A new federal tax break encouraging investment in poor communities has some Austin officials and residents worried about potential development that could price out the very residents it’s claiming to help.
Mark Rogers, who builds affordable housing through Guadalupe Neighborhood Development Corporation, says some residents “are sick and tired of all the investment … making things less affordable.”
Now, more investment could be pouring into the city.
Tucked into last year’s tax overhaul bill is a provision that offers capital gains tax breaks to investors in exchange for investing in poor neighborhoods across the United States. Under this program, governors designated a limited number of low-income census tracts in their states as “opportunity zones,” where investments eligible for tax incentives would take place. Although the idea for the program had been floating around for several years, the tax break’s inclusion in the tax reform bill was a surprise to many, igniting a scramble to understand what it is and how would it be regulated by various agencies including the Internal Revenue Service.
Projects that opportunity zone investment can finance are broad, according to the nonprofit Urban Institute. Through “opportunity funds,” vehicles created under the law to channel investment into opportunity zones, opportunity zone investors can finance commercial and industrial real estate, housing, infrastructure, and existing or start-up businesses, the Urban Institute says.
Texas Governor Greg Abbott submitted and designated 628 census tracts in 145 counties as opportunity zones, according to a city report. Twenty-one of those tracts are in Austin, including four the city submitted. Public and private entities could provide nominations to the governor.
The program has not yet provided guidelines requiring investors to consult and work with local officials and residents, the city says. That worries city leaders, who, despite concerns, nominated the four Austin census tracts to be considered as opportunity zones.
“[The program] could lead to supporting businesses that aren’t really assets in our community,” says Christine Maguire, the city’s redevelopment division manager. “Often, it’s not a lack of capital. It’s the lack of the right kinds of capital in fast-growing areas like Austin.”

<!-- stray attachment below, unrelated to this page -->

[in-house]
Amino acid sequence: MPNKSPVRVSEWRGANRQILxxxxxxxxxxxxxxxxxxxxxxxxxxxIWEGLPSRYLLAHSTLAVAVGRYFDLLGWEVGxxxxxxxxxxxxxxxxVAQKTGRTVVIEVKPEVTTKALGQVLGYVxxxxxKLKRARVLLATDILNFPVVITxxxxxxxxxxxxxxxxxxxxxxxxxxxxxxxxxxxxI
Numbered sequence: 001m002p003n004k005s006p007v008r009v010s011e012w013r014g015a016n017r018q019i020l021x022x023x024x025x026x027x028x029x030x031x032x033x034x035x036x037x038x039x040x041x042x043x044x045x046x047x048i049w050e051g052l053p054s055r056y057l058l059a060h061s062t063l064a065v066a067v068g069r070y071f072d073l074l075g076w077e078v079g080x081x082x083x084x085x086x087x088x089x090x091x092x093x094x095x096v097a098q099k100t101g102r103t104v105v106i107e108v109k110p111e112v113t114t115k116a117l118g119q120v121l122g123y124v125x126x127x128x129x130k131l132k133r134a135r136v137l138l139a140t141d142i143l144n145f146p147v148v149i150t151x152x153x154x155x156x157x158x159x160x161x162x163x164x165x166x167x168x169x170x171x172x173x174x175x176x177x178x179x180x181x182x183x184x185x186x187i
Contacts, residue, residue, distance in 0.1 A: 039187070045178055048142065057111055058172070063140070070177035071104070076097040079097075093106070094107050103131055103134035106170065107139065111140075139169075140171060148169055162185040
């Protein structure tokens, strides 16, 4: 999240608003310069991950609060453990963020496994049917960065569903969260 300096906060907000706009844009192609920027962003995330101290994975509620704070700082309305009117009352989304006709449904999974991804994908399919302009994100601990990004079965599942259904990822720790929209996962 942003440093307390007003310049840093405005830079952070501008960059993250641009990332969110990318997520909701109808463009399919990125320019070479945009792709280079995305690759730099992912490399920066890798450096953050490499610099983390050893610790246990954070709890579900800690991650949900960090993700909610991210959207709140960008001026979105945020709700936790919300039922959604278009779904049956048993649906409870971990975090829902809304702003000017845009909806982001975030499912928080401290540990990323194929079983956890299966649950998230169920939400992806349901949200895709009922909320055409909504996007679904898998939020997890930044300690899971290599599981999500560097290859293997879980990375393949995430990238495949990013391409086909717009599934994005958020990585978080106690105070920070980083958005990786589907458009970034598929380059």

In Austin, a city that has twice been deemed by Forbes as “America’s Fastest Growing City,” hundreds of residents have reportedly faced displacement threats because of redevelopment plans. As Next City previously reported, Austin recently became part of the initial cohort of the “All-In-Cities Anti-Displacement Network.”
In a June 2018 letter to the Internal Revenue Service, the city urged the agency to craft regulations requiring investors to work with local stakeholders.
“As it stands, the City fears that these local stakeholders will not necessarily have an opportunity to work with Opportunity Fund investors, fail to meet local needs and priorities and could possibly exacerbate existing problems or impose hardship on the communities the legislation is intended to help,” the letter reads.
The letter also notes how the city’s recent growth has disproportionately impacted low-and-moderate-income people, “the very people Opportunity Zones are meant to help.”
Maguire says the city is hopeful that national advocates will be able to positively influence the way the new program is handled.
Rogers is less optimistic.
“Those folks that want to make money will feel like they’re doing a good thing by eliminating vacant land … and bringing in better-paying jobs, and the people who are there will get washed away in the tidal wave,” Rogers says.
To Rogers, the best solution is simply not to have opportunity zones in Austin.
Such development projects, “need to be done with the existing population,” he says. “I do not see these opportunity zones doing that.”
Alejandra Molina is a Next City Equitable Cities Fellow for 2018-2019. Previously, she was a reporter for the Southern California News Group where she covered cities, immigration, race, and religion. In her decade-long career, she's reported how gentrification has affected downtown Santa Ana in Orange County, followed up how violent shootings have affected families and neighborhoods, and reported how President Donald Trump has impacted undocumented communities in the Inland Empire. Her work has appeared in The Press-Enterprise in Riverside, The Orange County Register, The Los Angeles Daily News, and The Mercury News in San Jose. She graduated with a bachelor’s degree in broadcast journalism from the University of La Verne, where she taught an introductory journalism course as an adjunct professor.